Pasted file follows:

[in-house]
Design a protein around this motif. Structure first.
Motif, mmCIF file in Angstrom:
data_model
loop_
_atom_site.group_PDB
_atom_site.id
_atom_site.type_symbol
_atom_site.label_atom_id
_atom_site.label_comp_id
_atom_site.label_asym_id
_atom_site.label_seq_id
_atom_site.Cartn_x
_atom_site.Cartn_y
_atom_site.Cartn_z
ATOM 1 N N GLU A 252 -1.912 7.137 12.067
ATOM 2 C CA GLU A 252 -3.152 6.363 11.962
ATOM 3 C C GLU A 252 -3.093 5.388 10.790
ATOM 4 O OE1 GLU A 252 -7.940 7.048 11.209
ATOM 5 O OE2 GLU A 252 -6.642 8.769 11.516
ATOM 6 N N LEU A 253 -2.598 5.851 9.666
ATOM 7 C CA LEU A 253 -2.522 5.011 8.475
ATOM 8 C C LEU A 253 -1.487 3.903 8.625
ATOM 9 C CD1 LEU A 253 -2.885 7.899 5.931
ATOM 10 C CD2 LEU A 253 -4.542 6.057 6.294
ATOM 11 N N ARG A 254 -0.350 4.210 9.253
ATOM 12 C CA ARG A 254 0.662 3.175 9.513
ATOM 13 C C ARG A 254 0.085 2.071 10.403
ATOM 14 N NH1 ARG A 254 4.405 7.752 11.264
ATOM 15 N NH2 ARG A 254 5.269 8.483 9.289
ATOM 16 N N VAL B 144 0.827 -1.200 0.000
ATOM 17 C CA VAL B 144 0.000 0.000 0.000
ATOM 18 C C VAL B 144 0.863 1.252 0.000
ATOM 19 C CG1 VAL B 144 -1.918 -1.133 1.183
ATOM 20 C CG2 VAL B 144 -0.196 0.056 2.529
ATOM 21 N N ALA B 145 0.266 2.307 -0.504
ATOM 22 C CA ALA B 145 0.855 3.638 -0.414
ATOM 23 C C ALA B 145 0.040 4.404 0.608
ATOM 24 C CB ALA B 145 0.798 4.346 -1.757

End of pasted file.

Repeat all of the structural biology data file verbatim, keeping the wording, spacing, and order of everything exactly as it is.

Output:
[in-house]
Design a protein around this motif. Structure first.
Motif, mmCIF file in Angstrom:
data_model
loop_
_atom_site.group_PDB
_atom_site.id
_atom_site.type_symbol
_atom_site.label_atom_id
_atom_site.label_comp_id
_atom_site.label_asym_id
_atom_site.label_seq_id
_atom_site.Cartn_x
_atom_site.Cartn_y
_atom_site.Cartn_z
ATOM 1 N N GLU A 252 -1.912 7.137 12.067
ATOM 2 C CA GLU A 252 -3.152 6.363 11.962
ATOM 3 C C GLU A 252 -3.093 5.388 10.790
ATOM 4 O OE1 GLU A 252 -7.940 7.048 11.209
ATOM 5 O OE2 GLU A 252 -6.642 8.769 11.516
ATOM 6 N N LEU A 253 -2.598 5.851 9.666
ATOM 7 C CA LEU A 253 -2.522 5.011 8.475
ATOM 8 C C LEU A 253 -1.487 3.903 8.625
ATOM 9 C CD1 LEU A 253 -2.885 7.899 5.931
ATOM 10 C CD2 LEU A 253 -4.542 6.057 6.294
ATOM 11 N N ARG A 254 -0.350 4.210 9.253
ATOM 12 C CA ARG A 254 0.662 3.175 9.513
ATOM 13 C C ARG A 254 0.085 2.071 10.403
ATOM 14 N NH1 ARG A 254 4.405 7.752 11.264
ATOM 15 N NH2 ARG A 254 5.269 8.483 9.289
ATOM 16 N N VAL B 144 0.827 -1.200 0.000
ATOM 17 C CA VAL B 144 0.000 0.000 0.000
ATOM 18 C C VAL B 144 0.863 1.252 0.000
ATOM 19 C CG1 VAL B 144 -1.918 -1.133 1.183
ATOM 20 C CG2 VAL B 144 -0.196 0.056 2.529
ATOM 21 N N ALA B 145 0.266 2.307 -0.504
ATOM 22 C CA ALA B 145 0.855 3.638 -0.414
ATOM 23 C C ALA B 145 0.040 4.404 0.608
ATOM 24 C CB ALA B 145 0.798 4.346 -1.757